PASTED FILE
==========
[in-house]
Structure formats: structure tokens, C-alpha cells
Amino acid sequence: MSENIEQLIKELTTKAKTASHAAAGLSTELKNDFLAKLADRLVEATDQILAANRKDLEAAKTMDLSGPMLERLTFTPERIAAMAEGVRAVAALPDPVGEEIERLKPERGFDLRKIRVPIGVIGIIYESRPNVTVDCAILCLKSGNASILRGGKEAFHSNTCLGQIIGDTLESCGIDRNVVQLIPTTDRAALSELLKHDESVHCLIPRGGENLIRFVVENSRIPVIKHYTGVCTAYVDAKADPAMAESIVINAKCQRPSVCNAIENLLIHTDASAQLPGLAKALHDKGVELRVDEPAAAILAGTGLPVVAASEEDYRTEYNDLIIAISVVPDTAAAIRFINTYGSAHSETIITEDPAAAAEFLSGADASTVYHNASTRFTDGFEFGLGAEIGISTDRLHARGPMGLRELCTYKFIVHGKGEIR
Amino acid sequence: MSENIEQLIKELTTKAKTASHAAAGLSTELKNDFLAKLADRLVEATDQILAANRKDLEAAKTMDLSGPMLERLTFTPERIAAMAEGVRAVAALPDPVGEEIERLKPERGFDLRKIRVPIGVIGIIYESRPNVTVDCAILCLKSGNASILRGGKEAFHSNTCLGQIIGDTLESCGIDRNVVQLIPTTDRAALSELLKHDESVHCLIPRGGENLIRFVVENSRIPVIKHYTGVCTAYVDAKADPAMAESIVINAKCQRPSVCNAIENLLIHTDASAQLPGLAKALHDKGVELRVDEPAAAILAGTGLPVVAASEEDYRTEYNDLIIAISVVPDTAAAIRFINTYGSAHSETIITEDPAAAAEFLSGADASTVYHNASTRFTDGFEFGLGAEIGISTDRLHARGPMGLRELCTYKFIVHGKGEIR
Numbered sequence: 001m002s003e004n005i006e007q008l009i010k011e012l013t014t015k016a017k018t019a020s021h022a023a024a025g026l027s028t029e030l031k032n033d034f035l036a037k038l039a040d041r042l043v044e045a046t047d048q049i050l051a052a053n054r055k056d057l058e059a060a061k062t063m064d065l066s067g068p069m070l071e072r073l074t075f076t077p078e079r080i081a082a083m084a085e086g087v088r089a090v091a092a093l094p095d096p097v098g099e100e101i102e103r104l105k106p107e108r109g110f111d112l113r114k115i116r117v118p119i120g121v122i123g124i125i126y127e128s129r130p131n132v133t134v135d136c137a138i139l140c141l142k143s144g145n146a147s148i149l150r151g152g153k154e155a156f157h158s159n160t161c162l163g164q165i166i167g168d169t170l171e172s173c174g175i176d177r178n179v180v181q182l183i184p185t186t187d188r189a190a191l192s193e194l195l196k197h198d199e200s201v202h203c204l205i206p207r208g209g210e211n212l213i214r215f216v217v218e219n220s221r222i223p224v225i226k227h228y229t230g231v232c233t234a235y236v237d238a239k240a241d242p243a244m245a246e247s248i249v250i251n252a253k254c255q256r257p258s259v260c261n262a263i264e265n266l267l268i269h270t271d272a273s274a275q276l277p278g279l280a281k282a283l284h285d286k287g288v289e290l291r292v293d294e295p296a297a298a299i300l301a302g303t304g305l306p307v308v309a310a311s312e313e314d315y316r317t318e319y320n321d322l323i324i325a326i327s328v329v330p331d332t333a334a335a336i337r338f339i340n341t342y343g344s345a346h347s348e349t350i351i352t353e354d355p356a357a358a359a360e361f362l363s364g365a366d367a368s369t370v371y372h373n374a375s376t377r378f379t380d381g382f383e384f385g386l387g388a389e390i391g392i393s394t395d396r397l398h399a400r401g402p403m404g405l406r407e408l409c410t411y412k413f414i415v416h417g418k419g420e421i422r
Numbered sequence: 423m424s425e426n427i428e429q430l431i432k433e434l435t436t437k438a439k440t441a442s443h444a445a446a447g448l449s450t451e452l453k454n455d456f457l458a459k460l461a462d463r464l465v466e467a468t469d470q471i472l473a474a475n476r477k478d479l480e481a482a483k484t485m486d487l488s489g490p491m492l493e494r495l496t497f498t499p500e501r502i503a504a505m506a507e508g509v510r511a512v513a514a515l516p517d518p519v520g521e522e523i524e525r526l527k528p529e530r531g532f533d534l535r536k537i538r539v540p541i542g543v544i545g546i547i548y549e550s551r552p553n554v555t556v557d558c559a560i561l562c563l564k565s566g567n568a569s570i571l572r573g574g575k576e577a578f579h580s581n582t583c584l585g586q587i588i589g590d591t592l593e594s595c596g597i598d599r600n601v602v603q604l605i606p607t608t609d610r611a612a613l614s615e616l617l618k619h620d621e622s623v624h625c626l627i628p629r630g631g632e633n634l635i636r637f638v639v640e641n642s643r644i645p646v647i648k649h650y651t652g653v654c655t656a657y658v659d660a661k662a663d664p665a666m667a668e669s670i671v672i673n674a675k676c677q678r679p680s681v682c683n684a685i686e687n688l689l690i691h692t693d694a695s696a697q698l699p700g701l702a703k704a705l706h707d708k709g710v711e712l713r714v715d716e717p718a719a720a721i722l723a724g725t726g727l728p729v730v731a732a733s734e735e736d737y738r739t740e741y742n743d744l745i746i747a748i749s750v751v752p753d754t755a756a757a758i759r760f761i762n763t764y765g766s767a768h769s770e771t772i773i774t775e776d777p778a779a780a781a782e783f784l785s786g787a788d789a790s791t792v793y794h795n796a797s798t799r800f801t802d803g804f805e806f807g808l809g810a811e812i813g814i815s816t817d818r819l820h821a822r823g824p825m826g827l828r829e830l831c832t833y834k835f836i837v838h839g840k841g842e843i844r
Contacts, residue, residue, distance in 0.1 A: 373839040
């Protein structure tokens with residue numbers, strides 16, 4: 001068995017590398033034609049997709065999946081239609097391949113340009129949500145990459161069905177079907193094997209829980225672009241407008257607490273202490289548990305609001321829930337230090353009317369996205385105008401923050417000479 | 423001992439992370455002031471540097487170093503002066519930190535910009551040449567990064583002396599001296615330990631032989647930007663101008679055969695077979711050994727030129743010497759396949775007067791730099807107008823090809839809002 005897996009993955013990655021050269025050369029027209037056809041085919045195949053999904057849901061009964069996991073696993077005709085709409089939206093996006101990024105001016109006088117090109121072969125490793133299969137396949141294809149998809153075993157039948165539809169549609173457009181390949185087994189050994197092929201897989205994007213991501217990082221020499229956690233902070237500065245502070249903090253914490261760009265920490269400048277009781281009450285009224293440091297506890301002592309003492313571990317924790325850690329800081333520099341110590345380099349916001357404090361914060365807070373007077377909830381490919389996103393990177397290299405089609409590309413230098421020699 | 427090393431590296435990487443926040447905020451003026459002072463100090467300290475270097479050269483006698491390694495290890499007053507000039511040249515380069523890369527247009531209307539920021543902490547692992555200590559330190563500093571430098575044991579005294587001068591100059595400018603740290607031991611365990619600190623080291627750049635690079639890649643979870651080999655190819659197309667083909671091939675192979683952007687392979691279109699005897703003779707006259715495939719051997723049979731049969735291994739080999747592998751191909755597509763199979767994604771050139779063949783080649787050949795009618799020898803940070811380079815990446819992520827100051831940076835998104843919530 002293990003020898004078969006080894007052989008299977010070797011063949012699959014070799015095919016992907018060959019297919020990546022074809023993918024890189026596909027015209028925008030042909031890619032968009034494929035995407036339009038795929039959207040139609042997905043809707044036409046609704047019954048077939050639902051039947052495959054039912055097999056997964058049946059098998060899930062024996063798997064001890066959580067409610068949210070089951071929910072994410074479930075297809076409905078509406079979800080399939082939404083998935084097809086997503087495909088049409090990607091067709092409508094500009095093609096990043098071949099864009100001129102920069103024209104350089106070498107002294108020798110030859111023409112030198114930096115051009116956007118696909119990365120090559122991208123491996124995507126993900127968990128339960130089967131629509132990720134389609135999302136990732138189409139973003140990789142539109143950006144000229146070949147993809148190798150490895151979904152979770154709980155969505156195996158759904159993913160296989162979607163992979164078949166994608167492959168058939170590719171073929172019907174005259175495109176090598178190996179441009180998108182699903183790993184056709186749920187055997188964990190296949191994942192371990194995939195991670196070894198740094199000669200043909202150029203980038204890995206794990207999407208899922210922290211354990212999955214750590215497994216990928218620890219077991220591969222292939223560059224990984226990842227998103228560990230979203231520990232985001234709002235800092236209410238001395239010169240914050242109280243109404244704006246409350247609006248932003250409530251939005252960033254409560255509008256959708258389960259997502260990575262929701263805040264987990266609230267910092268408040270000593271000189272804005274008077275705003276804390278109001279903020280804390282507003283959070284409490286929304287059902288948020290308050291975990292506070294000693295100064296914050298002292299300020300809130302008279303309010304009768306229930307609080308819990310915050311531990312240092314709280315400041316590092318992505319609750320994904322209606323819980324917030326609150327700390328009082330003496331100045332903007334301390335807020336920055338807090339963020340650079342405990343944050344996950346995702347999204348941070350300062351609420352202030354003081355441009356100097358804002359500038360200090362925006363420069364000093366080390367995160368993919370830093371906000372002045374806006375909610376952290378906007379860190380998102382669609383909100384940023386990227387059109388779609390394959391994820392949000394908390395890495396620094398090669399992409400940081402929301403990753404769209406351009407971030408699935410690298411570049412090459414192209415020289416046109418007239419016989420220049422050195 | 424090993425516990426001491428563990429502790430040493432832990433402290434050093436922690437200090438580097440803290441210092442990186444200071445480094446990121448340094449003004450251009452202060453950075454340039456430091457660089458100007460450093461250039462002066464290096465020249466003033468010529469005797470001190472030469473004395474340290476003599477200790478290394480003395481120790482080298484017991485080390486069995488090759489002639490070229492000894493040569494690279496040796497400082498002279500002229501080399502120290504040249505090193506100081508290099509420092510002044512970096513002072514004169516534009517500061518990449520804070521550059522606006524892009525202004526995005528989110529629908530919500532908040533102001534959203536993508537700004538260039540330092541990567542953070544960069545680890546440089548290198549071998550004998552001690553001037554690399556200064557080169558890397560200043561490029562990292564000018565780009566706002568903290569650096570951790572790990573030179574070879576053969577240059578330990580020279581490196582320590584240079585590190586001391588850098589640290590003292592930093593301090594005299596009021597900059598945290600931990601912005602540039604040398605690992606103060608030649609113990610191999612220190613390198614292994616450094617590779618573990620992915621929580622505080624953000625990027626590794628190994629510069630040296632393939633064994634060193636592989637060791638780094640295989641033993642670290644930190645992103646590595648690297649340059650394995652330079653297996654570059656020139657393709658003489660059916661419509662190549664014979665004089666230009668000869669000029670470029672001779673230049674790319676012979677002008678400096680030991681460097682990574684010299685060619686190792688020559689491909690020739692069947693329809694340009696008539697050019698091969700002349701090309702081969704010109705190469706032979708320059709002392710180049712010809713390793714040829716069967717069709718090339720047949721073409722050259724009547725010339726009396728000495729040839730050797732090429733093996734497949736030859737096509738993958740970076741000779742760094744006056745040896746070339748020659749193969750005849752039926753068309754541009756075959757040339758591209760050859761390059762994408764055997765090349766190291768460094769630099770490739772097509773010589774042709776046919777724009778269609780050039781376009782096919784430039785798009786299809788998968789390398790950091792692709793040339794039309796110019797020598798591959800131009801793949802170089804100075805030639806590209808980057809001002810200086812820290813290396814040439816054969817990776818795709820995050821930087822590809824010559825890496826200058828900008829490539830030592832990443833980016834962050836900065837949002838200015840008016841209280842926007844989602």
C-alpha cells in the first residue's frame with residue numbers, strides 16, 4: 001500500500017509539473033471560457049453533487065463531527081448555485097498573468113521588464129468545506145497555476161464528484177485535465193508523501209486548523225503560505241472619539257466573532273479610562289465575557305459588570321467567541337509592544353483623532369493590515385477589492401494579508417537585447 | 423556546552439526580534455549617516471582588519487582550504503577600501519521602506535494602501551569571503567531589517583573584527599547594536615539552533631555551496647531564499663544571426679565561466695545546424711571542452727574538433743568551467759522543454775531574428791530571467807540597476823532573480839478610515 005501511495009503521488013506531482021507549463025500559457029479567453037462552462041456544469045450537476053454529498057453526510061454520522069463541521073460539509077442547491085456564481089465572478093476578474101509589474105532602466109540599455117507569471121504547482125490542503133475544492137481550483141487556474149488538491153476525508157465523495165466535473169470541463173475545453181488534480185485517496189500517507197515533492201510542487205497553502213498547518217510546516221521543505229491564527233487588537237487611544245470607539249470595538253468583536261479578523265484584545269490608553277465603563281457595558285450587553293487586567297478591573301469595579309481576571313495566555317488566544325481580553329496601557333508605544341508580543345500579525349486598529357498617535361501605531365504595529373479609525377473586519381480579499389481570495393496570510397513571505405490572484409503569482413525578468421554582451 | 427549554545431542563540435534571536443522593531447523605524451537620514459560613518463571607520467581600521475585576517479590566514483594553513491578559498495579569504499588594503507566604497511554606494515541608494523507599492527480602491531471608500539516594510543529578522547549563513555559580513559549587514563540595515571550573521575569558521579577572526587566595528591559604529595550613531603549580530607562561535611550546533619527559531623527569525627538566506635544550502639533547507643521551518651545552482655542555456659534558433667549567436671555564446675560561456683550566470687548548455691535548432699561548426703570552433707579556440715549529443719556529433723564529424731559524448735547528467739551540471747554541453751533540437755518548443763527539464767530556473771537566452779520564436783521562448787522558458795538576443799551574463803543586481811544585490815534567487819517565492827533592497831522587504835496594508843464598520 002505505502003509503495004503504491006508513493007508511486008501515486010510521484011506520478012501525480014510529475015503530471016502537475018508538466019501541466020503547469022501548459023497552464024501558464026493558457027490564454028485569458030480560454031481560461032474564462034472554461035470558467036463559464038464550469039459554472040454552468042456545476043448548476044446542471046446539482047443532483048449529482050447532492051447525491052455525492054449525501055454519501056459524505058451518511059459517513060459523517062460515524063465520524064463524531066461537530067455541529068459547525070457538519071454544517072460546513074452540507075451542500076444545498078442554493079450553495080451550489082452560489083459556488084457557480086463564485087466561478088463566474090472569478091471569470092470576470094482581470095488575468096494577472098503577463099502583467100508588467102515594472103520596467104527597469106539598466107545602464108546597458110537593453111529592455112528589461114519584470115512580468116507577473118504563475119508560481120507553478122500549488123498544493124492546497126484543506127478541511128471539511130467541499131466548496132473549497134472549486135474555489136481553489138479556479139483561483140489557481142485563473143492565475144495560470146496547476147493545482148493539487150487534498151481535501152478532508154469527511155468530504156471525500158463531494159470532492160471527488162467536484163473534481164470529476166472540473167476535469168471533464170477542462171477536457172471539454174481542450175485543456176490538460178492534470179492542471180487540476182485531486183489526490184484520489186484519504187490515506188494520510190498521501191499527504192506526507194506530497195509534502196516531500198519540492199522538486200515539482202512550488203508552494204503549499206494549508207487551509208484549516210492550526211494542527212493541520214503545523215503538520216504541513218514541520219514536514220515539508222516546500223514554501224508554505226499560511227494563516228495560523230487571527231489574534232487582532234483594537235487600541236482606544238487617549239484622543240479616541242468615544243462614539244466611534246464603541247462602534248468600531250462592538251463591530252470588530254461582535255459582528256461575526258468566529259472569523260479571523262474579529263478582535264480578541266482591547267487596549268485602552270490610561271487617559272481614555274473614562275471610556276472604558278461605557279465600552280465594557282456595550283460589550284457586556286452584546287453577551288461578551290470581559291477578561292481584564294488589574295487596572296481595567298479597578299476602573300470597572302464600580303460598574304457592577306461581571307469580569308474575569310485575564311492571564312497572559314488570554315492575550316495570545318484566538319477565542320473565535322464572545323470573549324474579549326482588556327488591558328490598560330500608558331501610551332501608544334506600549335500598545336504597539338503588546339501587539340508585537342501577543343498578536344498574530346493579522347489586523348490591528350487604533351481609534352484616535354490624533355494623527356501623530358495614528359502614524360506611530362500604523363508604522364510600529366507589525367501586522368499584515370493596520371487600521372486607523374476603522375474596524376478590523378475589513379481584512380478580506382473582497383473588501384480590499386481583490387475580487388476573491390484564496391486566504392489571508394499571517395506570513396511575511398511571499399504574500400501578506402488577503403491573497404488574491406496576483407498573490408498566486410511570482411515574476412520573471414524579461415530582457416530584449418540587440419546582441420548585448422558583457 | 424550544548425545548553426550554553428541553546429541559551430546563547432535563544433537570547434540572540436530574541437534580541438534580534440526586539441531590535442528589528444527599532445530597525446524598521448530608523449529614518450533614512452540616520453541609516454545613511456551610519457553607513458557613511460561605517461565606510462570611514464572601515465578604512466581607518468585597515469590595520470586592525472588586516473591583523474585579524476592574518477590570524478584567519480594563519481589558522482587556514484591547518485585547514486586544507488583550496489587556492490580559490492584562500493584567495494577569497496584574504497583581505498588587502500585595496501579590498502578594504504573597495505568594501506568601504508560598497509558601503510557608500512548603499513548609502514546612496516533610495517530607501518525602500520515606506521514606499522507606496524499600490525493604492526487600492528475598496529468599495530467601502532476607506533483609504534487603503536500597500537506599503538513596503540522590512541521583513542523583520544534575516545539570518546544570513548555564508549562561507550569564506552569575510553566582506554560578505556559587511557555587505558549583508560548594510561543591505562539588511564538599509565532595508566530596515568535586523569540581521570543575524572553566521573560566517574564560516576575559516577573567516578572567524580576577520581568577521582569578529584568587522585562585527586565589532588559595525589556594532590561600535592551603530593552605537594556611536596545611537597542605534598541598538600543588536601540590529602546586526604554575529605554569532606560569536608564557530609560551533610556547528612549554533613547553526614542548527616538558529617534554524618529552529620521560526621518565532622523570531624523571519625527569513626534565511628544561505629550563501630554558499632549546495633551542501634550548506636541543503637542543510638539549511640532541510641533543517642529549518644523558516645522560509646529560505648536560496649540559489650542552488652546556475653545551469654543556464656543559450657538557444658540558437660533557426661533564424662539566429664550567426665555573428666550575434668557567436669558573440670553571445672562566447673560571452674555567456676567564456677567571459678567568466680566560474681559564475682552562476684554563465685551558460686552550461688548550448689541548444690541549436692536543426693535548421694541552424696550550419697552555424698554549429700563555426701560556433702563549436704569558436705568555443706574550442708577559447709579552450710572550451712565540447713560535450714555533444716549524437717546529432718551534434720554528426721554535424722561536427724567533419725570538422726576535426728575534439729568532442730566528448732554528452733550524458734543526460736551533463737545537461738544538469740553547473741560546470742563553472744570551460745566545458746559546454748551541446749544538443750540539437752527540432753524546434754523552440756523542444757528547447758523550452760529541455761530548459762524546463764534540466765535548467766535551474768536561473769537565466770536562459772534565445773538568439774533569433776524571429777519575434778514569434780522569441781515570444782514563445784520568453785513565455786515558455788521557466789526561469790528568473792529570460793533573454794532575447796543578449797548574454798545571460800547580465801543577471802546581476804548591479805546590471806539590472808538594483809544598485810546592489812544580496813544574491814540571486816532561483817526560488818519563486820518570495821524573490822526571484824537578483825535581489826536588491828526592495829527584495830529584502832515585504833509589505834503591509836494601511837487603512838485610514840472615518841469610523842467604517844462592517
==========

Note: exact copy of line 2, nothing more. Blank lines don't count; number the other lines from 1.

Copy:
Structure formats: structure tokens, C-alpha cells